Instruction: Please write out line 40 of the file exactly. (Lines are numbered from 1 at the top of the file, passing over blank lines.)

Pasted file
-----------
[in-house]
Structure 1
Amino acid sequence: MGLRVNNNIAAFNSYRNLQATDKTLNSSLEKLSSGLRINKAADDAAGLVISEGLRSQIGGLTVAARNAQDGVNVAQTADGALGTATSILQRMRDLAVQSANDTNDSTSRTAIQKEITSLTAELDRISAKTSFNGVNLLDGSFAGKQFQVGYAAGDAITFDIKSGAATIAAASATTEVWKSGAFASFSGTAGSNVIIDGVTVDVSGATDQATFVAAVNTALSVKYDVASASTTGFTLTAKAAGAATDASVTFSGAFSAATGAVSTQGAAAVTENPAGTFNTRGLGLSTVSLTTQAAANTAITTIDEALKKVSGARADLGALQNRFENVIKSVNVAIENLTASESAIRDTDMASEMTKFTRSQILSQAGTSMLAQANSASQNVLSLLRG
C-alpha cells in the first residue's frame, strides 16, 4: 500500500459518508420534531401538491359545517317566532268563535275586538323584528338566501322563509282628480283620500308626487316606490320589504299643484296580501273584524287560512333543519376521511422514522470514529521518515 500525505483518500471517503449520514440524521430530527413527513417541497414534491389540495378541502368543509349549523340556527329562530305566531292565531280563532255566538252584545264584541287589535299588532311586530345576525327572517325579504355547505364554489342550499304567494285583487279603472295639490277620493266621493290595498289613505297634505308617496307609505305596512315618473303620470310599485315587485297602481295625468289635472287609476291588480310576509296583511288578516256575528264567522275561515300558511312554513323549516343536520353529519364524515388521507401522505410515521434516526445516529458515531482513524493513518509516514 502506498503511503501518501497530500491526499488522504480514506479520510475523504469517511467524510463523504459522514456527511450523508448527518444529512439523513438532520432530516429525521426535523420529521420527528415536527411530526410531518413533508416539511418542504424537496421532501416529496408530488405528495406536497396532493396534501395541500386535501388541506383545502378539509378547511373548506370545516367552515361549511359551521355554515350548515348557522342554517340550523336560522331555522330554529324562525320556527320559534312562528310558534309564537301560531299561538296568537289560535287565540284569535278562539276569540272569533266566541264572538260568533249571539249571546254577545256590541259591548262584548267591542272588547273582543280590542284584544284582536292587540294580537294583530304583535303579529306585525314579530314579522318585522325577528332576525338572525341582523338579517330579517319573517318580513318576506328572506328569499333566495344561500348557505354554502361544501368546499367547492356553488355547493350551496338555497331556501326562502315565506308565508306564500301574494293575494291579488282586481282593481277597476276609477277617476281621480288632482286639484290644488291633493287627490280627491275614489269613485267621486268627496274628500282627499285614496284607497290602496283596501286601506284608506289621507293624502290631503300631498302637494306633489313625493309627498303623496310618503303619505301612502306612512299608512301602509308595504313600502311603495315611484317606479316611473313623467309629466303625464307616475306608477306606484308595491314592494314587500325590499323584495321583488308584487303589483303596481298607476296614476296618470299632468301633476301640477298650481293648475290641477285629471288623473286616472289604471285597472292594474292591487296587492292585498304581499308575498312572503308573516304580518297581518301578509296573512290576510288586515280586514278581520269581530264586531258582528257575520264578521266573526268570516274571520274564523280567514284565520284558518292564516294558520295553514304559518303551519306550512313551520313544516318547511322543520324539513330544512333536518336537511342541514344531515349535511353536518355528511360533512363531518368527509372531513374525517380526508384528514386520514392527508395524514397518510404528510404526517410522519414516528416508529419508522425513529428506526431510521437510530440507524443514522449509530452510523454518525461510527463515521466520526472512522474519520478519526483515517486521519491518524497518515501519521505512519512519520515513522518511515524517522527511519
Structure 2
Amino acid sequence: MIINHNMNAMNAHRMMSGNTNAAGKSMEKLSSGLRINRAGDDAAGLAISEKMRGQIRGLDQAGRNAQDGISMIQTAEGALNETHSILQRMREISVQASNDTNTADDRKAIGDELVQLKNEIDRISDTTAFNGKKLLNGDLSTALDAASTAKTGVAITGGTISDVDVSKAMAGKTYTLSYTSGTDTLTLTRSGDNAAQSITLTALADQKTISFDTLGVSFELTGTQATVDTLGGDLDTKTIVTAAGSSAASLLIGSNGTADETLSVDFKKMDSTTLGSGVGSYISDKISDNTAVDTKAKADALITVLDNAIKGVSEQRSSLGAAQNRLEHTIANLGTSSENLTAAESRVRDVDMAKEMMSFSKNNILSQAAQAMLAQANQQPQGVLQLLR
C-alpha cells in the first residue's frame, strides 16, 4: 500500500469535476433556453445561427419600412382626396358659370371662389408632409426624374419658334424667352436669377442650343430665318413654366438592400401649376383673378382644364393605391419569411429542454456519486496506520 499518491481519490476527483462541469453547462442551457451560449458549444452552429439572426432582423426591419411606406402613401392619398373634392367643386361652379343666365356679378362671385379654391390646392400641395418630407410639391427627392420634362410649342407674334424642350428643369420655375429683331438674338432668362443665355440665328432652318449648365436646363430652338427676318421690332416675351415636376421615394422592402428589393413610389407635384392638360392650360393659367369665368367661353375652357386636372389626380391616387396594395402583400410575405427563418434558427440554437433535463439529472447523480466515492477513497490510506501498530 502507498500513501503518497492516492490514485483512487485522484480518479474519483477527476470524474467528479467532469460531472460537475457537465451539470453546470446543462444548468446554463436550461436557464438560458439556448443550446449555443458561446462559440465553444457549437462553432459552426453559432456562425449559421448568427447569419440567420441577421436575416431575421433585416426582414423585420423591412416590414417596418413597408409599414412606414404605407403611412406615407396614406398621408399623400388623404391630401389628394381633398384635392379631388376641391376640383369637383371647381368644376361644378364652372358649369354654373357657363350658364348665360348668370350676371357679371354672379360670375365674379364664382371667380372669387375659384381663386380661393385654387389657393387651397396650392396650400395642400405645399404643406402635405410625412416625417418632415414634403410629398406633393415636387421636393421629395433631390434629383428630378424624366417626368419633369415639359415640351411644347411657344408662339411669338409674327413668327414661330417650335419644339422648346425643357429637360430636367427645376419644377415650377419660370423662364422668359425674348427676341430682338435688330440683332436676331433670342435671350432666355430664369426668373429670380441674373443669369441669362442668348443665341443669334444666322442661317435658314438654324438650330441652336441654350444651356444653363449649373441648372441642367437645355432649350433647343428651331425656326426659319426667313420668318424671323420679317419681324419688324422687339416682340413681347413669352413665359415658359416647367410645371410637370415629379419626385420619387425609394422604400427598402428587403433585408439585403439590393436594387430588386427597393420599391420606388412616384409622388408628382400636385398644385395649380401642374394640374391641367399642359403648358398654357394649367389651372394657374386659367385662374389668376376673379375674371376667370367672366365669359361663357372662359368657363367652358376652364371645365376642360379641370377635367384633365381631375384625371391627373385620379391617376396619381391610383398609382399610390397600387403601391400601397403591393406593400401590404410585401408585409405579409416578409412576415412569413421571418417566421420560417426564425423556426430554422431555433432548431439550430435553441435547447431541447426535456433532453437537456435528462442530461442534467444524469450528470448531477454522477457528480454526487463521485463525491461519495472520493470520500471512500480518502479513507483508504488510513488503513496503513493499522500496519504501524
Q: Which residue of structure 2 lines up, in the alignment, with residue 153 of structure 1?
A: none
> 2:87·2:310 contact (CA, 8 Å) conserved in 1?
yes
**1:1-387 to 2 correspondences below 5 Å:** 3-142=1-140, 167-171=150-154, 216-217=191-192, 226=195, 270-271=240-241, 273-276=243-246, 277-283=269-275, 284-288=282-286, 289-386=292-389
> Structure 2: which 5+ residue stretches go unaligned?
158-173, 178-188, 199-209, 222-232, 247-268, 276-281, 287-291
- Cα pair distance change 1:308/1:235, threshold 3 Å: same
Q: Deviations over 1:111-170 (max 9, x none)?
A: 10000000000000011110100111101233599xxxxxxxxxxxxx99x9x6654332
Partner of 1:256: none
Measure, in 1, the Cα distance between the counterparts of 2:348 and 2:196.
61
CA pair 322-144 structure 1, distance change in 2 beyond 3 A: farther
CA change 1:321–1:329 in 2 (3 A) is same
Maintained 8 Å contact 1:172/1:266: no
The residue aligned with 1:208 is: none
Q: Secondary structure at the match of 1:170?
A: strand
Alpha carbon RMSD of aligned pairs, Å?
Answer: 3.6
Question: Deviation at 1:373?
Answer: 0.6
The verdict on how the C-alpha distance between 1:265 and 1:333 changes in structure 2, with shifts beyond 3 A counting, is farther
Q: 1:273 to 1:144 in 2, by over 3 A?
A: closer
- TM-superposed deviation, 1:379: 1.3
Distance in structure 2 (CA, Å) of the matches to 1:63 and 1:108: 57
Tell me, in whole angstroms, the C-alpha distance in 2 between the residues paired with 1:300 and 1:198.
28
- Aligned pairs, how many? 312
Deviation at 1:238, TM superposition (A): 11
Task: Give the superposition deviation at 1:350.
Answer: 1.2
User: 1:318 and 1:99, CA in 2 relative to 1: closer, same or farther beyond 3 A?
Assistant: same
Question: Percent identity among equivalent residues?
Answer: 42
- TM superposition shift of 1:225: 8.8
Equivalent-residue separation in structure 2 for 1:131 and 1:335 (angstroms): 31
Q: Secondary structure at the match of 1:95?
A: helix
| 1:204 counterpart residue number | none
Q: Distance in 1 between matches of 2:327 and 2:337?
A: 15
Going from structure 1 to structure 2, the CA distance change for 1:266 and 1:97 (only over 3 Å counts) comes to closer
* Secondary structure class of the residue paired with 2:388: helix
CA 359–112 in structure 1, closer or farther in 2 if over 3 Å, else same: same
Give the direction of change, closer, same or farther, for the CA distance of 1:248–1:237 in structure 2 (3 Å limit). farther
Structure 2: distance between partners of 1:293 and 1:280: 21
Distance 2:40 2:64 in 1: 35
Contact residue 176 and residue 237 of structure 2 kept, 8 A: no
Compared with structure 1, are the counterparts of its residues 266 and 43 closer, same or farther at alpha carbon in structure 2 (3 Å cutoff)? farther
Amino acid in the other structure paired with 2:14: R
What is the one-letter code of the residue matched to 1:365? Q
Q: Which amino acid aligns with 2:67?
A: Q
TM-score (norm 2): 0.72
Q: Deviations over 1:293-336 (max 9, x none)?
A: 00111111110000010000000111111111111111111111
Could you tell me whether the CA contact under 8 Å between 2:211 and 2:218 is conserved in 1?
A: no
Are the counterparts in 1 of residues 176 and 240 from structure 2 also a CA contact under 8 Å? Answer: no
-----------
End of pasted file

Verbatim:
Task: Give the superposition deviation at 1:350.